Four model years ago, the Aurora signaled great new things for Oldsmobile. It was touted as the wave of the future, a peek at the beginning stages of a revolution that would reshape the brand name. Since then, the Aurora's exterior styling has been incorporated into other models in the Oldsmobile line.
Oldsmobile has refined the Aurora's suspension. A race-prepared version of the Aurora V8 engine is used in the Indy Racing League cars that compete in the Indianapolis 500.
The Aurora remains as appealing as ever, even though competition has gotten much more intense. Aurora shoppers can look to the E-Class Mercedes-Benz, Lexus ES300 and Lincoln Continental for comparison.
The Aurora design has fulfilled the mission of revitalizing Oldsmobile's visual identity so successfully that many of its design features have been adapted to fit the newest members of the family, the Alero and Intrigue. Cat's-eye headlamps, pronounced bulges over the wheel openings, a wind-cheating form and thin roof pillars work well on the original and on the smaller cars.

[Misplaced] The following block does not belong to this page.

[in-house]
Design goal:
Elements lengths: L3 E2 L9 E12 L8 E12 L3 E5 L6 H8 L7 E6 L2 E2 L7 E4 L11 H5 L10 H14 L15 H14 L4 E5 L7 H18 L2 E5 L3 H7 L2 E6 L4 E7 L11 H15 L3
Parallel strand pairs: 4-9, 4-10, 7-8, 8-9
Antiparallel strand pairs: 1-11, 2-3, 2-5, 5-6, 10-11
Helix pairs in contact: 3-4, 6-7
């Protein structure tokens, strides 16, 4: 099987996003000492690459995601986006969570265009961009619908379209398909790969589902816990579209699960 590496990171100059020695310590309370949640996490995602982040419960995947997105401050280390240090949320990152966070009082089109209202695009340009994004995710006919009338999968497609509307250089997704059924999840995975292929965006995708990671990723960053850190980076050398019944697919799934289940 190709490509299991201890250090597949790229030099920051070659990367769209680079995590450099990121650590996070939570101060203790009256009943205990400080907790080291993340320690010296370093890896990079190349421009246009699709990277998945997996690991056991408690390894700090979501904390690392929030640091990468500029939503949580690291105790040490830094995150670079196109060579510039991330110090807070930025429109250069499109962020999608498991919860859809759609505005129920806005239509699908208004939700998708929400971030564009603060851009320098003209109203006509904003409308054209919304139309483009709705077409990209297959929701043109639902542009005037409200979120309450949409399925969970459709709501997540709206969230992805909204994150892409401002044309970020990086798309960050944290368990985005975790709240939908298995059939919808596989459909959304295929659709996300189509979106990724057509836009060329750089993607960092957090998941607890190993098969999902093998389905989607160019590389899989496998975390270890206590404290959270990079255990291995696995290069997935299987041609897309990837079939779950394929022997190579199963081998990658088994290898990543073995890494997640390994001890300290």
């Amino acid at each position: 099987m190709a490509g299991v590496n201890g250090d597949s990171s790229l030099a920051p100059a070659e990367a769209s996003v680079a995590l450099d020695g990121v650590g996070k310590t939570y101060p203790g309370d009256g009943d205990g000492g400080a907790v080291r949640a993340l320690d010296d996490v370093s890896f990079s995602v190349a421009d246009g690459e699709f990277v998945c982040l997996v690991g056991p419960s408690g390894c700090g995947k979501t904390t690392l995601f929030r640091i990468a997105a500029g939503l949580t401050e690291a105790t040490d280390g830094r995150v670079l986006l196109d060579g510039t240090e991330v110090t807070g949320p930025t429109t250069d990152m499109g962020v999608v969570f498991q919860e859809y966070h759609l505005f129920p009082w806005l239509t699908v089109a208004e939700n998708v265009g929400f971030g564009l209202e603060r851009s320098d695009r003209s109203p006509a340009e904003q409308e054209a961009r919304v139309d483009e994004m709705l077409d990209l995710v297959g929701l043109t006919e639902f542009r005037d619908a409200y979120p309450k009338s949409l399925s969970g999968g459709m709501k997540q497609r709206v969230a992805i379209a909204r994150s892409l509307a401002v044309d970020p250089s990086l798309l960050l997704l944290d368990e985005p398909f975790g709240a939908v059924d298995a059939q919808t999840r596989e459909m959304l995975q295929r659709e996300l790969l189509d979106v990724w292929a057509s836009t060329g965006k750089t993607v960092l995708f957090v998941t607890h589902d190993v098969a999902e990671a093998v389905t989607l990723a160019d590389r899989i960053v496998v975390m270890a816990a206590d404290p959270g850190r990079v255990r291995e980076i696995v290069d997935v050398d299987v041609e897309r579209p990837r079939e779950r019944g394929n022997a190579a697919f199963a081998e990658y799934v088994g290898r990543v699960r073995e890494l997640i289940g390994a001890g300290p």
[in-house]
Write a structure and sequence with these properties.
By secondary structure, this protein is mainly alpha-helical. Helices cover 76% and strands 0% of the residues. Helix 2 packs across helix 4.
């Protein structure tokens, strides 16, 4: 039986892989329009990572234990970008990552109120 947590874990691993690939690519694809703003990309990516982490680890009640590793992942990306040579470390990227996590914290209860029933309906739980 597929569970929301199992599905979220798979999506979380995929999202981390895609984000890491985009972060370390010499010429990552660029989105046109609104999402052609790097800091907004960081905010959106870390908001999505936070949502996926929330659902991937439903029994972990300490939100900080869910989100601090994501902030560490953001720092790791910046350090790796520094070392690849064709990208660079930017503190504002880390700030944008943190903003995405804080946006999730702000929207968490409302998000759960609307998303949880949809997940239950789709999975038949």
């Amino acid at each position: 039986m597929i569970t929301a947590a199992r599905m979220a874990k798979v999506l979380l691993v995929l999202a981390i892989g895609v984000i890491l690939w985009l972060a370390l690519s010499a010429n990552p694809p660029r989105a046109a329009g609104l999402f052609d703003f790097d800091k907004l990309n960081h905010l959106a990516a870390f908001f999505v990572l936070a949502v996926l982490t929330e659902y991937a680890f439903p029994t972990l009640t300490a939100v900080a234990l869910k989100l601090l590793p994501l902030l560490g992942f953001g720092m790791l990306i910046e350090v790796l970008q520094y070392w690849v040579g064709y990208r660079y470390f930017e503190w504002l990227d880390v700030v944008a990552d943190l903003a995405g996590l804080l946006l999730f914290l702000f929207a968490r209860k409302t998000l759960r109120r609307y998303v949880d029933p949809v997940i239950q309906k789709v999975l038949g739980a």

Now in its fourth model year, the Aurora remains a fashion leader, with a smooth, grille-free nose and muscular flanks suggesting performance and assertiveness in a manner quite unlike that of past Oldsmobiles. It looked good in 1995, and it looks good now. Neither overdone nor understated, the Aurora exterior is dynamic and fluid.
Some competitors are blazing new design trails as well, producing cars that are equally sleek yet different enough to be noticed. Absent the novelty of newness, Aurora owners will be buying because they like the car's looks, not because heads swivel as they drive by.